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Eye Care Centers Of America

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BUSINESS
May 30, 1987 | JESUS SANCHEZ, Times Staff Writer
Mass merchandiser Sears has launched its long-awaited foray into specialty retailing with the $52.4-million purchase of a chain of eye-care "super stores." The acquisition, announced on Friday by Eye Care Centers of America, would give Sears a foothold in the promising eye-care business, which analysts say stands to benefit from the millions of aging Baby Boomers who will have a greater need for eye glasses. The eye-care company, based in San Antonio, Tex.
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BUSINESS
May 30, 1987 | JESUS SANCHEZ, Times Staff Writer
Mass merchandiser Sears has launched its long-awaited foray into specialty retailing with the $52.4-million purchase of a chain of eye-care "super stores." The acquisition, announced on Friday by Eye Care Centers of America, would give Sears a foothold in the promising eye-care business, which analysts say stands to benefit from the millions of aging Baby Boomers who will have a greater need for eye glasses. The eye-care company, based in San Antonio, Tex.
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BUSINESS
August 6, 1993 | From Times Staff and Wire Reports
Sears Selling Eye Care Centers: Sears, Roebuck & Co. said it is selling its Eye Care Centers of America Inc. as part of its move toward focusing on its core retailing business. Terms of the sale to Eye Care Holdings Inc. were not disclosed. Eye Care Centers operates 129 Eyemasters and Binyon's stores in 15 states.
BUSINESS
April 12, 2005 | Josh Friedman
Irvine-based chip maker TDK Semiconductor Corp. has been sold to San Francisco investment firm Golden Gate Capital for an undisclosed sum, the companies said Monday. TDK Semiconductor was a unit of TDK USA Corp., the American arm of Japanese electronics conglomerate TDK Corp. TDK Semiconductor will retain its current management team and remain headquartered in Irvine, but it will be renamed, Golden Gate said. Golden Gate invests directly in businesses and manages more than $2.
BUSINESS
October 10, 1988 | GEORGE WHITE, Times Staff Writer
Enraged by an umpire's call at a recent San Diego Padres baseball game, a fan rose to his feet and questioned the eyesight of the official by making a strong and unconventional request. "Go see Dr. Leventhal!" he yelled. The comment was an off-beat testament to Alan Leventhal, head of a chain of Southern California stores that made its mark by being among the first in California to promise one-hour service.
BUSINESS
March 9, 1990 | BRUCE HOROVITZ, TIMES STAFF WRITER
Eveready's ever-rambling rabbit rolled off Thursday evening with the West Coast's top honor in advertising. The drum-beating rabbit, which unexpectedly zips in and out of various commercials for Energizer batteries, won the coveted "Sweepstakes" prize at the Los Angeles Advertising Club's 24th Annual Belding Awards ceremony at the Century Plaza Hotel. Chiat/Day/Mojo, the Venice agency that created the campaign, not only won the top prize but also took home a dozen other Belding Awards.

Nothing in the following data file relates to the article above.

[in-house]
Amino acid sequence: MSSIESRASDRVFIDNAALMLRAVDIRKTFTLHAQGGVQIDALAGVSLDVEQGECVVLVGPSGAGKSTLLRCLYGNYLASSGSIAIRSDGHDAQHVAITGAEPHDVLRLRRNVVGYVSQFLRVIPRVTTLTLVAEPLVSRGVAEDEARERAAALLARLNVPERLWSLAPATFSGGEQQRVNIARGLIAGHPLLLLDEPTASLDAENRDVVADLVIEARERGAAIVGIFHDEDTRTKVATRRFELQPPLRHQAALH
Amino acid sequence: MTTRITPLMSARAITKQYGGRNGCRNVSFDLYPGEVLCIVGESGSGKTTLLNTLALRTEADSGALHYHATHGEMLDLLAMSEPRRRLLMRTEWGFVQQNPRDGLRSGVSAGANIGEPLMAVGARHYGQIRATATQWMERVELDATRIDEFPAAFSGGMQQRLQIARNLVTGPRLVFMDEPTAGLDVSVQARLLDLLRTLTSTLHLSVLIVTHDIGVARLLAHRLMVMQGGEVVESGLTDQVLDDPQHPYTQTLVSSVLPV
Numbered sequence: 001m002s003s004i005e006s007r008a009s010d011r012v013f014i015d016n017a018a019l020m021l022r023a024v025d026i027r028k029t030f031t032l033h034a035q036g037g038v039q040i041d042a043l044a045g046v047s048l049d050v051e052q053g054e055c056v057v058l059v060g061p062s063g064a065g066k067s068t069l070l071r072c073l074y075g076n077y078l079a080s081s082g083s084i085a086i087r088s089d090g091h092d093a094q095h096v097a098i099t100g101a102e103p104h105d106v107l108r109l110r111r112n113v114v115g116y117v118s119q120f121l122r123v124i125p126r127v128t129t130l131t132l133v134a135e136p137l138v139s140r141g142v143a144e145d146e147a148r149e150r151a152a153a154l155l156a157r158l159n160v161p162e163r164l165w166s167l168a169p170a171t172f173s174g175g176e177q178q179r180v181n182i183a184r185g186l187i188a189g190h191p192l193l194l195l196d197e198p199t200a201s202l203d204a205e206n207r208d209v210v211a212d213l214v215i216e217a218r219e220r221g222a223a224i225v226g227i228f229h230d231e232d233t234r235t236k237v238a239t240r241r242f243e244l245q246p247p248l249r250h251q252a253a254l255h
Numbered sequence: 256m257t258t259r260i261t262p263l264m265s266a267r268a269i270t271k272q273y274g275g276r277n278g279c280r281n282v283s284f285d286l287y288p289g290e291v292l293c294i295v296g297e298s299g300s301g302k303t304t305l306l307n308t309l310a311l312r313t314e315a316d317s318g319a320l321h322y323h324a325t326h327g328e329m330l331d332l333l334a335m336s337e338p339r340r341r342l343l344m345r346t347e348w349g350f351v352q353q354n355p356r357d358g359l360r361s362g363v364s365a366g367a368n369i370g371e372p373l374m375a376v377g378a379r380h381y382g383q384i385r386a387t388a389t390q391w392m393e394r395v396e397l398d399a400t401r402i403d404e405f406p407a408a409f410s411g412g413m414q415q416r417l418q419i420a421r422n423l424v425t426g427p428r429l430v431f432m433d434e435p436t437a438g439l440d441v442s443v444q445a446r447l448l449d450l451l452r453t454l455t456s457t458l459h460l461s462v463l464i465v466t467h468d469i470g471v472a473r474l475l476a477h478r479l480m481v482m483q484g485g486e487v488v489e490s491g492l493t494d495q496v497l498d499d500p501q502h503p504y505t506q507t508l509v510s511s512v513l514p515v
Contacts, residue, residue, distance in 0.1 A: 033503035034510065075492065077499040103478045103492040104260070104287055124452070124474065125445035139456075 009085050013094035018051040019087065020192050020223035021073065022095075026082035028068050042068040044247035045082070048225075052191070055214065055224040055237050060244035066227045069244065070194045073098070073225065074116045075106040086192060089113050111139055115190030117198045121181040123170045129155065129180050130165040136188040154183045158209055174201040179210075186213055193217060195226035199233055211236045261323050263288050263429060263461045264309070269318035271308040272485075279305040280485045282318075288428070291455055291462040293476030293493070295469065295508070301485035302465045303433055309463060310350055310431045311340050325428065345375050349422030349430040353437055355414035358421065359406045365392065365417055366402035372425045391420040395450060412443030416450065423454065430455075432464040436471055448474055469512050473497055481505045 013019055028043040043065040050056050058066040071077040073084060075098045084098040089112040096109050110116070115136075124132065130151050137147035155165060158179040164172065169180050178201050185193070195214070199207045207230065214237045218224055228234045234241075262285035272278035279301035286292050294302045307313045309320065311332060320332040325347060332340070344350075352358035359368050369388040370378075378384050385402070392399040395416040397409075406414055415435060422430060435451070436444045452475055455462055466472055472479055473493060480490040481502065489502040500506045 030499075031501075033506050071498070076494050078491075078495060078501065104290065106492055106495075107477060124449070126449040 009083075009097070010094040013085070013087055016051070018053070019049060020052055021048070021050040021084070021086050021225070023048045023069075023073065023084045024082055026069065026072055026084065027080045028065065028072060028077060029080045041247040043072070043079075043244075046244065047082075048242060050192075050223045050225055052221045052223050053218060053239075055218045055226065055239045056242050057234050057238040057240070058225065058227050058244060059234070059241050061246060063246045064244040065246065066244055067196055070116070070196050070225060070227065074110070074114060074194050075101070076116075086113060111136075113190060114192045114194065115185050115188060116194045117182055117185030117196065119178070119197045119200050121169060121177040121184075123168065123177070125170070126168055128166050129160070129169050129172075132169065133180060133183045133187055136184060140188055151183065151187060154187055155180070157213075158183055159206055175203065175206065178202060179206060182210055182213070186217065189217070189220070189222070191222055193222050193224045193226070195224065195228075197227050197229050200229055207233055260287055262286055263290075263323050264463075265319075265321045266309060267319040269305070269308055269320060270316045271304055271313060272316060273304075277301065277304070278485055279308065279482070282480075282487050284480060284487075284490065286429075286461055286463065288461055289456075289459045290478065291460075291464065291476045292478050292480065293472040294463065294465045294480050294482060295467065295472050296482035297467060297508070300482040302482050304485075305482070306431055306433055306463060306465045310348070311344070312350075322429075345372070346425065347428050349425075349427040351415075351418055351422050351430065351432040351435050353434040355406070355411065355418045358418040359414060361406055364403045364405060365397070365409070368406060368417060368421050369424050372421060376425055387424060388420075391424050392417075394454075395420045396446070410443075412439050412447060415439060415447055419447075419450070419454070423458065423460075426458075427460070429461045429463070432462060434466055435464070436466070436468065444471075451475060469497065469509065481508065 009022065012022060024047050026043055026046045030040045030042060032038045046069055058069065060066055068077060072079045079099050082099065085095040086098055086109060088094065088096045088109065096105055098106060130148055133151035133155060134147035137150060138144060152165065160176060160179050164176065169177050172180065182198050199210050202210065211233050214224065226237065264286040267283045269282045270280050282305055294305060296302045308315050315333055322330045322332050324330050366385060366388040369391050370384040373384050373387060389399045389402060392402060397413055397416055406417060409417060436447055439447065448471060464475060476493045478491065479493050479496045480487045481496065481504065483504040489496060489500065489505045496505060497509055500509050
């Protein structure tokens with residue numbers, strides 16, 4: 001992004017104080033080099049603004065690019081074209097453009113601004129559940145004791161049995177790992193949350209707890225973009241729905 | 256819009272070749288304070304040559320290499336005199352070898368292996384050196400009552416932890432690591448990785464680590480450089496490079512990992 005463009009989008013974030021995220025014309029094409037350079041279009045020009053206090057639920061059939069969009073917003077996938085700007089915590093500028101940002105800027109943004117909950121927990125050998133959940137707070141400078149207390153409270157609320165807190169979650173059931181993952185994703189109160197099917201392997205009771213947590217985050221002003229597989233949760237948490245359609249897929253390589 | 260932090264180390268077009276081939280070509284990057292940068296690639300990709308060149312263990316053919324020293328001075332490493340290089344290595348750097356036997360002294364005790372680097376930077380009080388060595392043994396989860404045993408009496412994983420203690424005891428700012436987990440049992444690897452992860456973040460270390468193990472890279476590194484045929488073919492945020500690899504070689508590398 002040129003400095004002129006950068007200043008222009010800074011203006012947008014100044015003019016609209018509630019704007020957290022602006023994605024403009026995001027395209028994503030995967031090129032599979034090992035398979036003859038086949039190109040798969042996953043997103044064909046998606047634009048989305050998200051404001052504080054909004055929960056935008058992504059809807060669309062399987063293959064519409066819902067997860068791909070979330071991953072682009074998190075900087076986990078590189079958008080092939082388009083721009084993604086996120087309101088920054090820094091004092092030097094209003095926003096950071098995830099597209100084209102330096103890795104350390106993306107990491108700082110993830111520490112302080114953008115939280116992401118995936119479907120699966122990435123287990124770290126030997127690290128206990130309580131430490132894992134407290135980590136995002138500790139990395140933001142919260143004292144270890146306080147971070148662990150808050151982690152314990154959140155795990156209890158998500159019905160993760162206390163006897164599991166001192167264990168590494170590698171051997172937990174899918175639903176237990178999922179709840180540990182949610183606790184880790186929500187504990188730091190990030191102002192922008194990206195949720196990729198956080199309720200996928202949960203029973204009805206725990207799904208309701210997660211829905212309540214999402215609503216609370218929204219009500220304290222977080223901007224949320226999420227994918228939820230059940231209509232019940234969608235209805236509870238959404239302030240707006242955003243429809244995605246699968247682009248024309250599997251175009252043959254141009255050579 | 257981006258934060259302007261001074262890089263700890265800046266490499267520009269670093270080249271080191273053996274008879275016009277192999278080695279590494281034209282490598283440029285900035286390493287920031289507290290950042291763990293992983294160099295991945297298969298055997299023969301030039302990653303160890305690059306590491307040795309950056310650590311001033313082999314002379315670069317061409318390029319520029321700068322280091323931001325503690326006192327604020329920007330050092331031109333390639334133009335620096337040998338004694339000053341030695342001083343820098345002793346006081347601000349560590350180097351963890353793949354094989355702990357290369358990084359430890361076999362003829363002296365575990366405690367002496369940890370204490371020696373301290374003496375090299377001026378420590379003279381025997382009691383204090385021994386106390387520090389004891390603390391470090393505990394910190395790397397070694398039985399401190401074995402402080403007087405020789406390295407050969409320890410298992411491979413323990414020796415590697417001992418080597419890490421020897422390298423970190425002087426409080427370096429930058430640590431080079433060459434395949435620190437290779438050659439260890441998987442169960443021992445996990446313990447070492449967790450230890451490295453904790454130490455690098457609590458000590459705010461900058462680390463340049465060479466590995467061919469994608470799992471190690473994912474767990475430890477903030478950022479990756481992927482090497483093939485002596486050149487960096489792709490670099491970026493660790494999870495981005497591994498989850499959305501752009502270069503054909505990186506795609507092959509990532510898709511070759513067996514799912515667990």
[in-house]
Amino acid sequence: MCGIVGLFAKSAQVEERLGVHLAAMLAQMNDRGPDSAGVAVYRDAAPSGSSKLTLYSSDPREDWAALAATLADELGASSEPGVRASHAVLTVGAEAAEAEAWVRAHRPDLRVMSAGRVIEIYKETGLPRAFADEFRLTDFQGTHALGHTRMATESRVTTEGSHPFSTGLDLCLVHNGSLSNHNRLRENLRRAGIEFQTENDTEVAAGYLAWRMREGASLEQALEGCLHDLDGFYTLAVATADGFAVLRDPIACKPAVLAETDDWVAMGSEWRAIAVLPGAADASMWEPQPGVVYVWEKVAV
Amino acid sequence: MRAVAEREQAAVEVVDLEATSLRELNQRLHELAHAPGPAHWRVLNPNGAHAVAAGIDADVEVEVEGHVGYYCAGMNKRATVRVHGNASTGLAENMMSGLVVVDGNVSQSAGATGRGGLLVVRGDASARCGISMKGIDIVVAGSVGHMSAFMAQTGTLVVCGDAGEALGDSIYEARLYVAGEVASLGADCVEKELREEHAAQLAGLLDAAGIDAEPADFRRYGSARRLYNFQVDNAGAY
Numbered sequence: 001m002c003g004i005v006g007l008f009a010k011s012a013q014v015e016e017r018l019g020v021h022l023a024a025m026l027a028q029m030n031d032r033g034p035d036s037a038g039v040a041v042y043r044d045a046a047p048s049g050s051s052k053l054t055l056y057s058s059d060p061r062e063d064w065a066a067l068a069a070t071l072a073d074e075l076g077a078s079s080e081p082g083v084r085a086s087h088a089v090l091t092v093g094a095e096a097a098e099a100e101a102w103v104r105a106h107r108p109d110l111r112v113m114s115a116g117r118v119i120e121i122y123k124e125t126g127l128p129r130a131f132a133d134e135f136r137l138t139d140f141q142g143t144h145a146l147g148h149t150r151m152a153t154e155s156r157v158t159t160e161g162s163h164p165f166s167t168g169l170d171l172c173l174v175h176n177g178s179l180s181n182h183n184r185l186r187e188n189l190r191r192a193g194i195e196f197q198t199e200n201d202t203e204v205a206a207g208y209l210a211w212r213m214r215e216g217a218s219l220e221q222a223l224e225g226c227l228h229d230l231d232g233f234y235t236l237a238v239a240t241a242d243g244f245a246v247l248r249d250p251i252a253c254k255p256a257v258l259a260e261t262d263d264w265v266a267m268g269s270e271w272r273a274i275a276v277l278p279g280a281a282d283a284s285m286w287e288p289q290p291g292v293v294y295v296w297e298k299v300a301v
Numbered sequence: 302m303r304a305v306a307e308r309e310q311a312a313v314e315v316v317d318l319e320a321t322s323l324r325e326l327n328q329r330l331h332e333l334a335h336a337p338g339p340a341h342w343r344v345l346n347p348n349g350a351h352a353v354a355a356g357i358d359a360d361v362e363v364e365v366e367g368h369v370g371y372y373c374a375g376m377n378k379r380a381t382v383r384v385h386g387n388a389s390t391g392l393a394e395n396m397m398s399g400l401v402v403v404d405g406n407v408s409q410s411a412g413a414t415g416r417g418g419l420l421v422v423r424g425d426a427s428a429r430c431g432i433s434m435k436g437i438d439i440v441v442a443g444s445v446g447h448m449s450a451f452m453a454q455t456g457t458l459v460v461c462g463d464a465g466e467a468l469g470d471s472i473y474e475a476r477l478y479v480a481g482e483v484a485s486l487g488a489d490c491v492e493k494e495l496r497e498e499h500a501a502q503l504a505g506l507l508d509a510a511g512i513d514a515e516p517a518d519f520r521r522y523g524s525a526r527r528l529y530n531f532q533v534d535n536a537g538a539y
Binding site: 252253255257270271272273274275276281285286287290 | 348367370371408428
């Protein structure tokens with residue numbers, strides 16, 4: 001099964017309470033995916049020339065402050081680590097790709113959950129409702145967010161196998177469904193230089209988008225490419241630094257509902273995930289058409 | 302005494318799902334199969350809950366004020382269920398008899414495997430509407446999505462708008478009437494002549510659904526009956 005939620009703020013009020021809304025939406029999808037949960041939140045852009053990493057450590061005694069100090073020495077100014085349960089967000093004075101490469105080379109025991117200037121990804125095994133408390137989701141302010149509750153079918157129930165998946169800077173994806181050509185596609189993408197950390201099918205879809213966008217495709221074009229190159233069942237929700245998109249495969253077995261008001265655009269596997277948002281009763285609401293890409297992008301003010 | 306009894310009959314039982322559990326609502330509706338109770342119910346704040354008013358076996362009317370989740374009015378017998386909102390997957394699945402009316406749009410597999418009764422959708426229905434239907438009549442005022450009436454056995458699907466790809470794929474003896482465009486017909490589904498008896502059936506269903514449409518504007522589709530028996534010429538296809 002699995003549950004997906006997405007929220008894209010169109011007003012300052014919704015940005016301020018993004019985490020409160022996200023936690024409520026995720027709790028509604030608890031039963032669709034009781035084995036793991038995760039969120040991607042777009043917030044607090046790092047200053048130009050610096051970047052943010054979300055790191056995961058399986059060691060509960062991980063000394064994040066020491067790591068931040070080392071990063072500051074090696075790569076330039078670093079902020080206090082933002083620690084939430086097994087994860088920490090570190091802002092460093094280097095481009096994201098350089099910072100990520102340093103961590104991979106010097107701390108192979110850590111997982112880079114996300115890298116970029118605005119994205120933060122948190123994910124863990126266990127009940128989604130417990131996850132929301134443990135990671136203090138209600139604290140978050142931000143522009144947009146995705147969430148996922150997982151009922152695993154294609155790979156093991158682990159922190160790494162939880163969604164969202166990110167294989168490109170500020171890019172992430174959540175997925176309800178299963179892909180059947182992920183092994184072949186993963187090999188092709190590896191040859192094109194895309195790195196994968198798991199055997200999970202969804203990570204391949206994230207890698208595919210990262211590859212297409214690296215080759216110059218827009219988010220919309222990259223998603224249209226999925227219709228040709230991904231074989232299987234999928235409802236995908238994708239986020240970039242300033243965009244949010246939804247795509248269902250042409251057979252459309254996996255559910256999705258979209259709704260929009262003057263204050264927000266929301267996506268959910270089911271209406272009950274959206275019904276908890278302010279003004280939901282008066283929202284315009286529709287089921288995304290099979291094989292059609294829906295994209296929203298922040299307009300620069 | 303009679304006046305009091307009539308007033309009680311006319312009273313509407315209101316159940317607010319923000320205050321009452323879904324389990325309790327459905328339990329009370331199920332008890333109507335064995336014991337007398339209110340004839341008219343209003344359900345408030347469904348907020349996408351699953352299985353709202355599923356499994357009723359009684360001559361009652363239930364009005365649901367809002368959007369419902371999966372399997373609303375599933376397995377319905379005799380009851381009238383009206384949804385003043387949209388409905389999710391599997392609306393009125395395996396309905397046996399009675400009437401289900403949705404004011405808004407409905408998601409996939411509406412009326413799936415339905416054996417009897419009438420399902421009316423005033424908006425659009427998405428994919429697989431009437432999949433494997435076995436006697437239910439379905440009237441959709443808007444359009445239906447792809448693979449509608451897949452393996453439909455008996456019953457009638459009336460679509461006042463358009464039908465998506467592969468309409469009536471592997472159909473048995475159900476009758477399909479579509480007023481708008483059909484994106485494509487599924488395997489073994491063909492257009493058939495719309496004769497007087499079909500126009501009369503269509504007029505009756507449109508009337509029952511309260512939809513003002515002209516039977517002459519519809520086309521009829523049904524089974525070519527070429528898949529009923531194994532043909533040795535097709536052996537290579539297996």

BUSINESS
November 11, 1994 | GEORGE WHITE, TIMES STAFF WRITER
Sears, Roebuck & Co. all but completed a return to its 106-year-old retailing roots Thursday by announcing the spinoff of its huge Allstate insurance unit and signaling that the architect of its merchandising recovery will run the transformed company. Sears said its chairman and chief executive for the last eight years, Edward A. Brennan, 60, will retire when the realignment is completed. Brennan recommended he be replaced by Arthur C.
BUSINESS
June 11, 1998 | DARYL STRICKLAND, TIMES STAFF WRITER
Frame-n-Lens Optical Inc. of Fullerton, the state's largest eye wear chain, said Wednesday it agreed to be acquired by National Vision Associates Ltd. of Georgia for $37 million in cash and assumed debt. The acquisition of Fullerton-based Frame-n-Lens, which operates 209 stores, will boost National's operations to 715 stores, making the company the third-largest eye wear retailer behind Cole Vision Corp., which operates Pearle Vision and NuVision stores, and LensCrafters.
BUSINESS
June 27, 1989 | LARRY GREEN and TRACY SHRYER, Times Staff Writers
Sears, Roebuck & Co., whose name has been synonymous with Chicago for more than a century, said Monday that it is moving its giant merchandising division--the retailer's heart and soul--to the suburbs 30 miles northwest of its landmark 110-story tower. Long the cornerstone of Chicago's powerful mercantile establishment, Sears' decision to leave downtown for suburban Hoffman Estates is an economic setback for the city. But it is a major victory for Illinois, which waged a months-long war of incentives with several Sun Belt cities and states eager to be home to the biggest division of the nation's largest retailer.
BUSINESS
March 17, 1988 | VICTOR F. ZONANA, Times Staff Writer and
Sears, Roebuck & Co., moving boldly beyond its traditional department stores, announced plans on Wednesday to buy Western Auto Supply Co., one of the nation's oldest and best-known auto parts chains, in a deal valued at $402 million. "You've got whales swallowing whales here," said Dick Weinberg, publisher of the trade publication Aftermarket Business, who noted that Sears is the nation's largest retailer and Western is the biggest independent home and auto merchandise chain.
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